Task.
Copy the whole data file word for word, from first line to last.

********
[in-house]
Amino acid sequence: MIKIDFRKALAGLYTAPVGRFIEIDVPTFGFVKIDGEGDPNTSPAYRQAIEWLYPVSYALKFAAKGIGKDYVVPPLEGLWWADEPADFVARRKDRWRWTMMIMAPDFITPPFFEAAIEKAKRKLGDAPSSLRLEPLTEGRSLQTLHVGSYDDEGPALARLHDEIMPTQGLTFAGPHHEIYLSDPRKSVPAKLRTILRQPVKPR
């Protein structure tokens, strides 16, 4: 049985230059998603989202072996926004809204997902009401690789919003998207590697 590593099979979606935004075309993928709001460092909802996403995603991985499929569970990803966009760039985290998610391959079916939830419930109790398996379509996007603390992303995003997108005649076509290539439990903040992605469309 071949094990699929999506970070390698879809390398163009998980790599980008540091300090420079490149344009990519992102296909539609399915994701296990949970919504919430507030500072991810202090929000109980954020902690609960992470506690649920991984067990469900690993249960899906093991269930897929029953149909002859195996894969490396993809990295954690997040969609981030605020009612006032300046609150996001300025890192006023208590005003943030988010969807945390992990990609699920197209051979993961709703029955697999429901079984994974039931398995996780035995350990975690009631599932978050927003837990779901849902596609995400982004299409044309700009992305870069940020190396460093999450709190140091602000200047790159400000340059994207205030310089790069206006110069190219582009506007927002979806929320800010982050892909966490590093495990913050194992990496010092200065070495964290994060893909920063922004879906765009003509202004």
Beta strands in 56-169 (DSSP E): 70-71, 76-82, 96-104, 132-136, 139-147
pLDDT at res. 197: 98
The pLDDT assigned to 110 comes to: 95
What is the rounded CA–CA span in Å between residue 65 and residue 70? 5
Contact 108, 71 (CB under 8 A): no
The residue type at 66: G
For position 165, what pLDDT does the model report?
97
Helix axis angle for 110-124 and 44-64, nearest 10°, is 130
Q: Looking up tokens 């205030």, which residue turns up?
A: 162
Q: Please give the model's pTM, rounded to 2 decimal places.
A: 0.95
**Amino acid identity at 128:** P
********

[in-house]
Amino acid sequence: MIKIDFRKALAGLYTAPVGRFIEIDVPTFGFVKIDGEGDPNTSPAYRQAIEWLYPVSYALKFAAKGIGKDYVVPPLEGLWWADEPADFVARRKDRWRWTMMIMAPDFITPPFFEAAIEKAKRKLGDAPSSLRLEPLTEGRSLQTLHVGSYDDEGPALARLHDEIMPTQGLTFAGPHHEIYLSDPRKSVPAKLRTILRQPVKPR
């Protein structure tokens, strides 16, 4: 049985230059998603989202072996926004809204997902009401690789919003998207590697 590593099979979606935004075309993928709001460092909802996403995603991985499929569970990803966009760039985290998610391959079916939830419930109790398996379509996007603390992303995003997108005649076509290539439990903040992605469309 071949094990699929999506970070390698879809390398163009998980790599980008540091300090420079490149344009990519992102296909539609399915994701296990949970919504919430507030500072991810202090929000109980954020902690609960992470506690649920991984067990469900690993249960899906093991269930897929029953149909002859195996894969490396993809990295954690997040969609981030605020009612006032300046609150996001300025890192006023208590005003943030988010969807945390992990990609699920197209051979993961709703029955697999429901079984994974039931398995996780035995350990975690009631599932978050927003837990779901849902596609995400982004299409044309700009992305870069940020190396460093999450709190140091602000200047790159400000340059994207205030310089790069206006110069190219582009506007927002979806929320800010982050892909966490590093495990913050194992990496010092200065070495964290994060893909920063922004879906765009003509202004």
Beta strands in 56-169 (DSSP E): 70-71, 76-82, 96-104, 132-136, 139-147
pLDDT at res. 197: 98
The pLDDT assigned to 110 comes to: 95
What is the rounded CA–CA span in Å between residue 65 and residue 70? 5
Contact 108, 71 (CB under 8 A): no
The residue type at 66: G
For position 165, what pLDDT does the model report?
97
Helix axis angle for 110-124 and 44-64, nearest 10°, is 130
Q: Looking up tokens 């205030």, which residue turns up?
A: 162
Q: Please give the model's pTM, rounded to 2 decimal places.
A: 0.95
**Amino acid identity at 128:** P